SAMAR Sea will be closed to commercial fishers for four months this year to replenish the stocks of small fishes, which have declined after decades of destructive fishing.
Bureau of Fisheries and Aquatic Resources (BFAR) Eastern Visayas Director Juan Albaladejo said they have been meeting with mayors in towns bordering the Samar Sea for the enforcement of the fishing ban from April to July.
“The Samar Sea has a yield of 2.8 metric tons per square kilometer. This is below the sustainable yield of 3 to 10 metric tons. It’s low, but manageable. If we will do proper closure, we will restore the production to sustainable levels,” Albaladejo said.
The closure aims to protect the spawning season of small pelagic fishes, such as the nemipterus, short mackerel, big-eye scad, sardines and some demersal fish species.
“The Sea will still be open to small fishermen since they can only catch three to 10 kilograms per trip. So long as they will use friendly fishing gears, it will not have an impact on the spawning of fishes,” said Albaladejo.
BFAR will introduce seaweed production and shellfish culture as alternative sources of income for affected fishermen, he added.
The Samar Sea is a small sea situated between the Bicol region and Eastern Visayas. It is bordered by the islands of Samar to the east, Leyte to the south, Masabate to the west, and Luzon to the north.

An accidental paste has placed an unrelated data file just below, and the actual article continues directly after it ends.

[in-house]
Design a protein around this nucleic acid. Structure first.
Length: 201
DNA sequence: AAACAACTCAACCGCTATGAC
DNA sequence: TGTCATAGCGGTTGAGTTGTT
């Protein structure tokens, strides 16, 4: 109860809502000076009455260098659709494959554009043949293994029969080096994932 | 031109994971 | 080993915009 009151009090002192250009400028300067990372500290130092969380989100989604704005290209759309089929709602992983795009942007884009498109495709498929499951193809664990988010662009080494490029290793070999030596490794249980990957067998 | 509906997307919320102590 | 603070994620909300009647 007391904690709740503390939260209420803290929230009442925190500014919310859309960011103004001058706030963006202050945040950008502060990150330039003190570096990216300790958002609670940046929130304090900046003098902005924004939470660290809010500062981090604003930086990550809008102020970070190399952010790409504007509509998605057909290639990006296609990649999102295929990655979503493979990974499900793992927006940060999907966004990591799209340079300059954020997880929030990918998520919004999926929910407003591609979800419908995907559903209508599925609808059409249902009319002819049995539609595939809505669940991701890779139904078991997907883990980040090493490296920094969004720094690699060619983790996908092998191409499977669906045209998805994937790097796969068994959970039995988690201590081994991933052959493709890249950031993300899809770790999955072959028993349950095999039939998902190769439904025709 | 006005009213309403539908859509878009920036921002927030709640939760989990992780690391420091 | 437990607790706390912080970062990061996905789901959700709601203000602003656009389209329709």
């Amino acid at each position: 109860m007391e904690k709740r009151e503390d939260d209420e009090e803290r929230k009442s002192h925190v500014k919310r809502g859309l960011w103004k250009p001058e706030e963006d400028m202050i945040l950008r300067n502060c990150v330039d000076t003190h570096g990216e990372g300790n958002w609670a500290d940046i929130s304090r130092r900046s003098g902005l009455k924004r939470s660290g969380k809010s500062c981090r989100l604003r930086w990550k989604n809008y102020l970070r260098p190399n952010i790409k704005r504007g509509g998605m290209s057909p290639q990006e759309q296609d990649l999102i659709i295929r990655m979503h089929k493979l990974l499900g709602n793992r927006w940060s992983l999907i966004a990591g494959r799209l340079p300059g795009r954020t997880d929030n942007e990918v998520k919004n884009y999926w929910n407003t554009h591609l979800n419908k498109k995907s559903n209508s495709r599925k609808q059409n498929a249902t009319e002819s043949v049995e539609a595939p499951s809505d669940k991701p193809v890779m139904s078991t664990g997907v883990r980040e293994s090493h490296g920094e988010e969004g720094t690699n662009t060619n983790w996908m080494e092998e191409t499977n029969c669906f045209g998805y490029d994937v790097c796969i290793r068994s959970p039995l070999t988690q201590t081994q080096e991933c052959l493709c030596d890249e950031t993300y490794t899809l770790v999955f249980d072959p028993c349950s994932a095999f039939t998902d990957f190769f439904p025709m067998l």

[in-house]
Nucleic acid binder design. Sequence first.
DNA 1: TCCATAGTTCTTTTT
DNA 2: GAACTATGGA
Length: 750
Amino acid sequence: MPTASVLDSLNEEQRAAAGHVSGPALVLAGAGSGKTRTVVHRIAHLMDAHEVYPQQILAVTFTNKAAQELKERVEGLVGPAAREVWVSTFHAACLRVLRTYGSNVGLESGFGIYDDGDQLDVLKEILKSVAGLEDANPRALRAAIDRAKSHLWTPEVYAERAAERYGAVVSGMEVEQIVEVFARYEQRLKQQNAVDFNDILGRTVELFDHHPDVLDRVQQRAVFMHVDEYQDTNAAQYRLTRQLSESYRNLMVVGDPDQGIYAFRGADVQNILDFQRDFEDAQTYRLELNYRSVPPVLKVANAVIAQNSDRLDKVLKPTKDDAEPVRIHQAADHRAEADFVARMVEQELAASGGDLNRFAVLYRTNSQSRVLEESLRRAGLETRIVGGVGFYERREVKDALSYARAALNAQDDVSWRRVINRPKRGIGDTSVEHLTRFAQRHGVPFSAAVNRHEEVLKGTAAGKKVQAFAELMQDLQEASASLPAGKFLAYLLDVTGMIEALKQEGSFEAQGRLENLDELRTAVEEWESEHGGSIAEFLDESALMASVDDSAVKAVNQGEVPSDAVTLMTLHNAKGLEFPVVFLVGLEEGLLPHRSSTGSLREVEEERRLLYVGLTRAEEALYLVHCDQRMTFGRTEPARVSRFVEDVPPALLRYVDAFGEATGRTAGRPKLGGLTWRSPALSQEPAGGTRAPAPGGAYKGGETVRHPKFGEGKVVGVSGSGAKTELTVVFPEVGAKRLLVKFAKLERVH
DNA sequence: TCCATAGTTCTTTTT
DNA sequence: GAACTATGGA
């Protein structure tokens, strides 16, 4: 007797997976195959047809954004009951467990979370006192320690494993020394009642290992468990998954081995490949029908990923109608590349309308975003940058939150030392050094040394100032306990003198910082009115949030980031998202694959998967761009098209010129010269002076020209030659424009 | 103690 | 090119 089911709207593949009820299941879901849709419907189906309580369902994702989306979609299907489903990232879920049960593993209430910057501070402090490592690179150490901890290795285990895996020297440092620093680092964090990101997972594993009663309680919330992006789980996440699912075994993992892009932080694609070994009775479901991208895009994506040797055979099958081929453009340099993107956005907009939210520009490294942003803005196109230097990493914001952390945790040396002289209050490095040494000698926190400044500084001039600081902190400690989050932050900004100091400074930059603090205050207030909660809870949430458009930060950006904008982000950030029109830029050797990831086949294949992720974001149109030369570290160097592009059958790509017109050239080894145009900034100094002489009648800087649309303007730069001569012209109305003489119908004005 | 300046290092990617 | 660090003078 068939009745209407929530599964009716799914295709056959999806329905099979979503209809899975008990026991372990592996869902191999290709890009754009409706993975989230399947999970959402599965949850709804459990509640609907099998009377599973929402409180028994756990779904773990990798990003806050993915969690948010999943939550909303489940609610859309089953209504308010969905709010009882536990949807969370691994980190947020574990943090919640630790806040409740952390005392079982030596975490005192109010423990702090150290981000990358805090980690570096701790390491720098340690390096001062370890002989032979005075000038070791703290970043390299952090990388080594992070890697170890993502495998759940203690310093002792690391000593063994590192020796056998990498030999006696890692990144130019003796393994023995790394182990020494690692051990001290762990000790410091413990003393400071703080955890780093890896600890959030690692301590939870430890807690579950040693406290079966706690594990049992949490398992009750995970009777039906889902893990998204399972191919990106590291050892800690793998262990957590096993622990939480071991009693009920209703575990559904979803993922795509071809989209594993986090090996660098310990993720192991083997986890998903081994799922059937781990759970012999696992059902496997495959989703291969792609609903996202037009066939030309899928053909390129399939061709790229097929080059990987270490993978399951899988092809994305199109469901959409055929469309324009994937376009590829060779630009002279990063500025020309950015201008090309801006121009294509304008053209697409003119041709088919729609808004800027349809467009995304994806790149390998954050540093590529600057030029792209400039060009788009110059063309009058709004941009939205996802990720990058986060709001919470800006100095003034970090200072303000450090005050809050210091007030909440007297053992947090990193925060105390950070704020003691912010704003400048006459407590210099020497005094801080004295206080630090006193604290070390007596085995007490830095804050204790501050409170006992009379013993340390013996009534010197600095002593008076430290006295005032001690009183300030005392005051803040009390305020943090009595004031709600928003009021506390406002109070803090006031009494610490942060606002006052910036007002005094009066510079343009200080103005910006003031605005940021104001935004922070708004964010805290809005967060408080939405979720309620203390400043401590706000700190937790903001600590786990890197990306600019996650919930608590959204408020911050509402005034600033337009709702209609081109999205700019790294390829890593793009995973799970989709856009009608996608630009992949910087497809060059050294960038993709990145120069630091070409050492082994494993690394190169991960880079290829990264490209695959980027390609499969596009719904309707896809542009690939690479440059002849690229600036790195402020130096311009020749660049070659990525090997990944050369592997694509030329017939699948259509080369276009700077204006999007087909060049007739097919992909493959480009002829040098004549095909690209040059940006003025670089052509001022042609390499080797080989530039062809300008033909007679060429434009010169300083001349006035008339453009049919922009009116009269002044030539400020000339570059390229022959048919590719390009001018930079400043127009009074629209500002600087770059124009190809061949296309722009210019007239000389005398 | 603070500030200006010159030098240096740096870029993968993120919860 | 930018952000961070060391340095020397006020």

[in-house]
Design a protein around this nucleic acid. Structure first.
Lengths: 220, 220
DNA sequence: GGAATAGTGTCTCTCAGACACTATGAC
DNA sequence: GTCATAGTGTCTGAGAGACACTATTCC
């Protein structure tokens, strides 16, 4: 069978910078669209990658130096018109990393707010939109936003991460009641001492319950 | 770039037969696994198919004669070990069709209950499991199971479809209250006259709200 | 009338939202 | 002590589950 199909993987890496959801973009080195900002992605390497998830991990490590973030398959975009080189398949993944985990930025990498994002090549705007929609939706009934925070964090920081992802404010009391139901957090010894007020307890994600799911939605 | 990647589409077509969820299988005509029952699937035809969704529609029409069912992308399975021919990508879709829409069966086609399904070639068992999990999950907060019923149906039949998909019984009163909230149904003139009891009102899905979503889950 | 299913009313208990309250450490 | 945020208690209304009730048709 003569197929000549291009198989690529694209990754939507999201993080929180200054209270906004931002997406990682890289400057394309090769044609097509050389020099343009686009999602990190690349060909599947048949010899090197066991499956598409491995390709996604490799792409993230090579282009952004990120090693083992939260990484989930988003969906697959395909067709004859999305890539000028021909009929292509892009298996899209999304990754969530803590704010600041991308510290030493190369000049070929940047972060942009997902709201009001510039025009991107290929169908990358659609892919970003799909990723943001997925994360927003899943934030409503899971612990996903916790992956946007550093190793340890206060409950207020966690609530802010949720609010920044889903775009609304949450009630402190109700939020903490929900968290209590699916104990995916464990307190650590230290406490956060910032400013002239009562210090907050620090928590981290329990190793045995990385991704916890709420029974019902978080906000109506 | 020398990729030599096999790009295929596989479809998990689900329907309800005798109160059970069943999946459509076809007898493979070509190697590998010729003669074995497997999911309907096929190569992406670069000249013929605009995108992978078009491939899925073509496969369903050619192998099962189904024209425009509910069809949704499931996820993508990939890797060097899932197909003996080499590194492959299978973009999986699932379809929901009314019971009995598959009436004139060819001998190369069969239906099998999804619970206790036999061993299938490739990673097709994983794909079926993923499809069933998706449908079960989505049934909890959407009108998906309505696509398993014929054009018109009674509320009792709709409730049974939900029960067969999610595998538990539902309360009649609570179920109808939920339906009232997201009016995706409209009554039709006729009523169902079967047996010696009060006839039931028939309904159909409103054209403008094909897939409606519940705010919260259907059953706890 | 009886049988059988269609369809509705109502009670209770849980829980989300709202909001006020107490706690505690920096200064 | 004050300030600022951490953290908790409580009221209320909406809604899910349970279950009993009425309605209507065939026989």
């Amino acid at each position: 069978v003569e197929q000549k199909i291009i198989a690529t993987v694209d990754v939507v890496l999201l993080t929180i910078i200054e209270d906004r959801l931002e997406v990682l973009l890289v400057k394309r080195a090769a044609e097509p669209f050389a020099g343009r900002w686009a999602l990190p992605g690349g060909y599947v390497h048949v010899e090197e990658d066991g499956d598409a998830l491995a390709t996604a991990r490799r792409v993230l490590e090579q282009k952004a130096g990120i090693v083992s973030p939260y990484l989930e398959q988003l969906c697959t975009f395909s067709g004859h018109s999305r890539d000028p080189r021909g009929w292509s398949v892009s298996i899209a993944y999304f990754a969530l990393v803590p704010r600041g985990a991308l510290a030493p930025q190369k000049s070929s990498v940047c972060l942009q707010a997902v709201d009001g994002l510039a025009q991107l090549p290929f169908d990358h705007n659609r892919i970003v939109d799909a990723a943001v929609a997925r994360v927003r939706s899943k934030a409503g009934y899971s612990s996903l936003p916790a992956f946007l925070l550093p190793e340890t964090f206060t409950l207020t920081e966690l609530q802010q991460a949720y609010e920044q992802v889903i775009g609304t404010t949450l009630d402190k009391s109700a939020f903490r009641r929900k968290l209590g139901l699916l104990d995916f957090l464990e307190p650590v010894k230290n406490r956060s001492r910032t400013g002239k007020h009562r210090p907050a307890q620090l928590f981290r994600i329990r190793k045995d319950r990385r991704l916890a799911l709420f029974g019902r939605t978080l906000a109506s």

It covers the coastal waters of Almagro, Tagapul-an, Sto. Niño, Gandara, Sta. Margarita, Tarangnan, Daram, Pagsangjan and Zumarraga in Samar province.
According to a 1993 study conducted by Jurgen Saeger, a German fisheries development specialist, the Samar Sea has experienced a significant degradation of marine resources. Before 1981, there were 50 commercial fish species, but in 10 years, the figure was reduced to only 10 due to overfishing and illegal activities.
The expert found that the deforestation of surrounding lands has led to increased silt from denuded mountains that choke coral reefs. Only some five percent of reefs are considered to be in a healthy condition.
Another result of the increased silt is the red tide bloom, which first occurred in Samar Sea in 1983. Since then, the phenomenon has continued to occur in Samar Sea at irregular intervals.
The fishing ban was supposed to be enforced early last year, but it did not push through due to the election season. (PNA)